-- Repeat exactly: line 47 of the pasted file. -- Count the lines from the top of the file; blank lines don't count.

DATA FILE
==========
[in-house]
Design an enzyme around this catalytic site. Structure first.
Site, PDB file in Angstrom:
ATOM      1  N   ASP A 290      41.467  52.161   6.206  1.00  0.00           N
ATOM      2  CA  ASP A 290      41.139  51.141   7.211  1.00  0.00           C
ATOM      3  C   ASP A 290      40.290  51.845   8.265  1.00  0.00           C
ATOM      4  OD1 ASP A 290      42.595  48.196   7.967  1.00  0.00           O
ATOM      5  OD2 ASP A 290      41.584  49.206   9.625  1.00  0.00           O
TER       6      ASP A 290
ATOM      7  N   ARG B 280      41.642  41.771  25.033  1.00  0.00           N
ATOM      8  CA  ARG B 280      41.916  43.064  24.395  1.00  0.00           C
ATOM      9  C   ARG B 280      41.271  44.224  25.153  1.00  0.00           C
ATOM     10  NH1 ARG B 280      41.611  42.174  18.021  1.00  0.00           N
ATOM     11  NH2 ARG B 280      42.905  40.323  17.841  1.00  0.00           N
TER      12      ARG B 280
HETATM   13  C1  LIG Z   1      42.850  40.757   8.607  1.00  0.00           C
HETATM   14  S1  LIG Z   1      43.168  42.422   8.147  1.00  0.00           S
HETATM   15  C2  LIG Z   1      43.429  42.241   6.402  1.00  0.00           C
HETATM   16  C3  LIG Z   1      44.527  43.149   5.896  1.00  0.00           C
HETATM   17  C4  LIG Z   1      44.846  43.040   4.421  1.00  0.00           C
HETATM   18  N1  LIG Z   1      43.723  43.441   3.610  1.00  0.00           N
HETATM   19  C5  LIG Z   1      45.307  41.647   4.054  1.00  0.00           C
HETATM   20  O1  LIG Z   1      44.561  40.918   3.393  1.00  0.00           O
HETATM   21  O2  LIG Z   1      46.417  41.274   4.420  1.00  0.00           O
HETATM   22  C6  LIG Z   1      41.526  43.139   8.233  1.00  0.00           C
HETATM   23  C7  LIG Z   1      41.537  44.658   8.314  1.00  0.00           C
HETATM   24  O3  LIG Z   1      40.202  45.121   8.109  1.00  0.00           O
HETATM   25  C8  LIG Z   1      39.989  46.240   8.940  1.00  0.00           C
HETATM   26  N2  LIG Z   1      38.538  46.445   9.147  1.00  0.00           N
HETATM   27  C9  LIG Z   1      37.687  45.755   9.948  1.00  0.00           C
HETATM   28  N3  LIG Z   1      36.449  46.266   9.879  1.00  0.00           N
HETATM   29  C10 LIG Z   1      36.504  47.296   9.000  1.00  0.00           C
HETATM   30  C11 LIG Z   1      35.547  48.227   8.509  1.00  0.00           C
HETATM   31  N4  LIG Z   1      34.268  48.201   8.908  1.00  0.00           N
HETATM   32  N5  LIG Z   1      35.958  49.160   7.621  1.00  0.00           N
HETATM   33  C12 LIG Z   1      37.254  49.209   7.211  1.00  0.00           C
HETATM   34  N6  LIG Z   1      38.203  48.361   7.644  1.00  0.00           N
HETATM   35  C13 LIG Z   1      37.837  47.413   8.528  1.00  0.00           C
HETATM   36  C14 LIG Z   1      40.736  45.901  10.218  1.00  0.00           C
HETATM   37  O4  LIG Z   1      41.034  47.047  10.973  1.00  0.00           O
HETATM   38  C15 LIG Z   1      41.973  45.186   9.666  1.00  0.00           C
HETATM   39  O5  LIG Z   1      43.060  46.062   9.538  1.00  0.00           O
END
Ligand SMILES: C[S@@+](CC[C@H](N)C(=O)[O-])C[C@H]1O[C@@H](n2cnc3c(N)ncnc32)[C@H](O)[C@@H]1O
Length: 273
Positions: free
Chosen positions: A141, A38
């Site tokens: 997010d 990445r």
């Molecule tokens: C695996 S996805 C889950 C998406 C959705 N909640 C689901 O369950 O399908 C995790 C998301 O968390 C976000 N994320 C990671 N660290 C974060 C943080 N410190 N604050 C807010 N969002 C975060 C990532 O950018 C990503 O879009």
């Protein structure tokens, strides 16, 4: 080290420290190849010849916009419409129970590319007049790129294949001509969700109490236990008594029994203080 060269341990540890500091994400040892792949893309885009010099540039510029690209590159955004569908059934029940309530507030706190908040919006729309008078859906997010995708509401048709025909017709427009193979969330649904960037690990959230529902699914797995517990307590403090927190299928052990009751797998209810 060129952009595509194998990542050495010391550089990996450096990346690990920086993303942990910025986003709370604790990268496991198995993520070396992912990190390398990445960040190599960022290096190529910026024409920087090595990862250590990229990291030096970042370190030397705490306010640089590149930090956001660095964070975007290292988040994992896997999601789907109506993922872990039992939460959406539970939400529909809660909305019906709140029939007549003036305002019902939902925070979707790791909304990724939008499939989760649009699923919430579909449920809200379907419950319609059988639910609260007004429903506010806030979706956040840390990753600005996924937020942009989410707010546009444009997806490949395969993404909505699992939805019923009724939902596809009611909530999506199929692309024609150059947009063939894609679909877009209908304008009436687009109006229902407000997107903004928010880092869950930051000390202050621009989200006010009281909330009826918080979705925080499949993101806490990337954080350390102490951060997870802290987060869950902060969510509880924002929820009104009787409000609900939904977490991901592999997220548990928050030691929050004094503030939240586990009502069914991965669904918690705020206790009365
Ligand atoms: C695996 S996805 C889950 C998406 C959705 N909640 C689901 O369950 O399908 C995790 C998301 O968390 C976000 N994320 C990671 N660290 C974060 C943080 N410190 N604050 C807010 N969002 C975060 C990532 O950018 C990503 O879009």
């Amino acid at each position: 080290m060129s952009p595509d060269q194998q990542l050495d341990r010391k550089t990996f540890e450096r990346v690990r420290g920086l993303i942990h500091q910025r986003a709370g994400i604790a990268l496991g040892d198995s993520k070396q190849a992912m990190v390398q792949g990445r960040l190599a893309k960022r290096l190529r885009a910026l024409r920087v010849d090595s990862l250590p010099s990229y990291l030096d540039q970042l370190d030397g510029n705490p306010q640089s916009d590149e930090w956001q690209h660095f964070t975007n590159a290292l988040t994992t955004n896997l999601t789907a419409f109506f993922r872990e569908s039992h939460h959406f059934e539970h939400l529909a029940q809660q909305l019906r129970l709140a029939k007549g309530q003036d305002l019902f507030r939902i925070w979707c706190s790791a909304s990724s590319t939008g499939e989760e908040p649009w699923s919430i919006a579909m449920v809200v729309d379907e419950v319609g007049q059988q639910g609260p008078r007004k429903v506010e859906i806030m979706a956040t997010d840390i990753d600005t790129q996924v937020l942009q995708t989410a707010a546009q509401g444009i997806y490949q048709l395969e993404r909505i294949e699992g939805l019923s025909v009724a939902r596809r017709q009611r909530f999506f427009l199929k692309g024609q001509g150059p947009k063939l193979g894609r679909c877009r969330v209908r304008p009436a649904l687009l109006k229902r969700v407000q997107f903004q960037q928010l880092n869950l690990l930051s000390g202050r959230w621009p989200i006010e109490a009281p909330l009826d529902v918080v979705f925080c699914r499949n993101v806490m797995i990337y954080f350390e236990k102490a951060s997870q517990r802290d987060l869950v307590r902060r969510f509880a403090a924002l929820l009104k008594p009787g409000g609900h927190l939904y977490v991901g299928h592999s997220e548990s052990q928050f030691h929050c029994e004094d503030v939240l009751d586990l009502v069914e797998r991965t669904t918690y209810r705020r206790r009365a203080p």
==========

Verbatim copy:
Chosen positions: A141, A38